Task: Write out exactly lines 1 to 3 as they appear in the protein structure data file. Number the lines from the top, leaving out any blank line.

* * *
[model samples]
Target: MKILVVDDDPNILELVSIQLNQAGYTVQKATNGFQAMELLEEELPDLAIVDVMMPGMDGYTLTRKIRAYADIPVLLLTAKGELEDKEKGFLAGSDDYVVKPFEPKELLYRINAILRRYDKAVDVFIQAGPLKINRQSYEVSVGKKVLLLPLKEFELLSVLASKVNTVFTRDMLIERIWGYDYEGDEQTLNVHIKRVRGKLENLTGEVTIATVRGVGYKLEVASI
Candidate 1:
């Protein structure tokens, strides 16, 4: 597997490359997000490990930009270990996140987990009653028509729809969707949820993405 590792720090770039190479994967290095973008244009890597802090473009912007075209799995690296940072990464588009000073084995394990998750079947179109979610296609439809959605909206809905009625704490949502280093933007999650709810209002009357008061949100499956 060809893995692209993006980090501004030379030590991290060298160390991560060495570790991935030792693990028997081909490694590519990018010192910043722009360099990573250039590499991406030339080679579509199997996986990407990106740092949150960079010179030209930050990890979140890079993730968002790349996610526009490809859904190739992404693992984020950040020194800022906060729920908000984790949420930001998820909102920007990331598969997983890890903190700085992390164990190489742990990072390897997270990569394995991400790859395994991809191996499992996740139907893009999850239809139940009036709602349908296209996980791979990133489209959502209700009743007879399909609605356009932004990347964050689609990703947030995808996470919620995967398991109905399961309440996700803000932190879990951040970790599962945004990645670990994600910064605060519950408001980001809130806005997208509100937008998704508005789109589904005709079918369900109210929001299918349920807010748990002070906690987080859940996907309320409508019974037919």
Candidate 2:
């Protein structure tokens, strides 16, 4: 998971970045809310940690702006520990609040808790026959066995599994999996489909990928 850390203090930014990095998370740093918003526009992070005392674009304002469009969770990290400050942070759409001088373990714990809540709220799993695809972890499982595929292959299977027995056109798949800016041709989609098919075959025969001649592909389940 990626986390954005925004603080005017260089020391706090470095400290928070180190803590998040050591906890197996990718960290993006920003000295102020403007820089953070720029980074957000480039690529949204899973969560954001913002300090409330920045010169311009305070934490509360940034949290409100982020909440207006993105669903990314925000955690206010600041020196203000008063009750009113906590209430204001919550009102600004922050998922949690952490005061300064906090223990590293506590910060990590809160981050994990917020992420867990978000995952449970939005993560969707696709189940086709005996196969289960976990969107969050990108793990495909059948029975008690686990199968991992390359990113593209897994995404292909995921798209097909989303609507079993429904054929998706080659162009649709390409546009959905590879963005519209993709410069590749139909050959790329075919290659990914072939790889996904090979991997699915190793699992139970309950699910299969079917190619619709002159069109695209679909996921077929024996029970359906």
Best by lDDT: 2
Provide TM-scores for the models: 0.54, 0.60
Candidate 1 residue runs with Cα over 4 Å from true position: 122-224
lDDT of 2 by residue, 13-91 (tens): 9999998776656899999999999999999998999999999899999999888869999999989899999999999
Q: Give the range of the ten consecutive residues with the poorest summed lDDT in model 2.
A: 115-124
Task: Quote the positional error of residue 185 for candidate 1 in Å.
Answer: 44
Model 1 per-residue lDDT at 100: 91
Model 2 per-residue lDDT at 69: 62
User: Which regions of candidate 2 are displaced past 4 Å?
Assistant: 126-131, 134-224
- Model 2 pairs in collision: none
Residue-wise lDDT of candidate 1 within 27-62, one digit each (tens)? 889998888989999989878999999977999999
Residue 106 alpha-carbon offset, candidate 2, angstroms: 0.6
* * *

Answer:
[model samples]
Target: MKILVVDDDPNILELVSIQLNQAGYTVQKATNGFQAMELLEEELPDLAIVDVMMPGMDGYTLTRKIRAYADIPVLLLTAKGELEDKEKGFLAGSDDYVVKPFEPKELLYRINAILRRYDKAVDVFIQAGPLKINRQSYEVSVGKKVLLLPLKEFELLSVLASKVNTVFTRDMLIERIWGYDYEGDEQTLNVHIKRVRGKLENLTGEVTIATVRGVGYKLEVASI
Candidate 1: